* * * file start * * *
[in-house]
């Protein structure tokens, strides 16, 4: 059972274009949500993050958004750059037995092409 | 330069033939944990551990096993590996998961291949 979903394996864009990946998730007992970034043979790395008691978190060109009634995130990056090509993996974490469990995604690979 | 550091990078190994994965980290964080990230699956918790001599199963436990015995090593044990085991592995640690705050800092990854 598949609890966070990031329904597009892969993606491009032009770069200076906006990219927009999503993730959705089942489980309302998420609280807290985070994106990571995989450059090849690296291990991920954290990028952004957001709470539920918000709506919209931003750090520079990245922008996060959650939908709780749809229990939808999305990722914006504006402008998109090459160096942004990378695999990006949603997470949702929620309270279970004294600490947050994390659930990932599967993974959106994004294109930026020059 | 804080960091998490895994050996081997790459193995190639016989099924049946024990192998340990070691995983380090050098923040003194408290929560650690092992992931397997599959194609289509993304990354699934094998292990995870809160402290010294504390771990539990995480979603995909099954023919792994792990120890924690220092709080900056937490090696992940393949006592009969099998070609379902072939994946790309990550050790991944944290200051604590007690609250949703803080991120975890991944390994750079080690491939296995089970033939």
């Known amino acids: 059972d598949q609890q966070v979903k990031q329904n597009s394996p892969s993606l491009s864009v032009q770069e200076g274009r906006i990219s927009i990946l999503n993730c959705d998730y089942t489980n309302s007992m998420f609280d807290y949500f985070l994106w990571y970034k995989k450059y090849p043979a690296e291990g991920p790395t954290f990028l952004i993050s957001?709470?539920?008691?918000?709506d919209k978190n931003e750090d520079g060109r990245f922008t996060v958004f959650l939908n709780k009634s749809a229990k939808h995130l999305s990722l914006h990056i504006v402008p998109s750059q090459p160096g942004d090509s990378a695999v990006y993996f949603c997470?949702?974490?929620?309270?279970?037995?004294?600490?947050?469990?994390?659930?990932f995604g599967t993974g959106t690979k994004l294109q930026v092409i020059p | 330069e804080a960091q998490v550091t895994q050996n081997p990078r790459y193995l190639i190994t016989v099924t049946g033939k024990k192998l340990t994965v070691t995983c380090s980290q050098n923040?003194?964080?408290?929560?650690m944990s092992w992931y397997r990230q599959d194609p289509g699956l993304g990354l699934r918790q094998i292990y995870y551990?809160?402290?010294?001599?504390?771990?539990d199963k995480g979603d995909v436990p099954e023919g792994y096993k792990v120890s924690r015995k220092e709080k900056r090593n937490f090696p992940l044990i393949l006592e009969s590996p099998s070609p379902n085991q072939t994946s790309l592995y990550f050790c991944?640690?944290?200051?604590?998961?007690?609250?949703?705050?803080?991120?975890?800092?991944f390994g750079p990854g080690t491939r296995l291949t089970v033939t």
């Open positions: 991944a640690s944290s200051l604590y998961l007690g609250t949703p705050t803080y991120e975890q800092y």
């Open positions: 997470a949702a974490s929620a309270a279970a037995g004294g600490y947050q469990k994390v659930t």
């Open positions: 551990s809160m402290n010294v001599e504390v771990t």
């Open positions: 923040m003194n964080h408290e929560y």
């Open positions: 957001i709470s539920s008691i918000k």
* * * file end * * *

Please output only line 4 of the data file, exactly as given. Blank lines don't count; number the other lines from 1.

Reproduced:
């Open positions: 991944a640690s944290s200051l604590y998961l007690g609250t949703p705050t803080y991120e975890q800092y």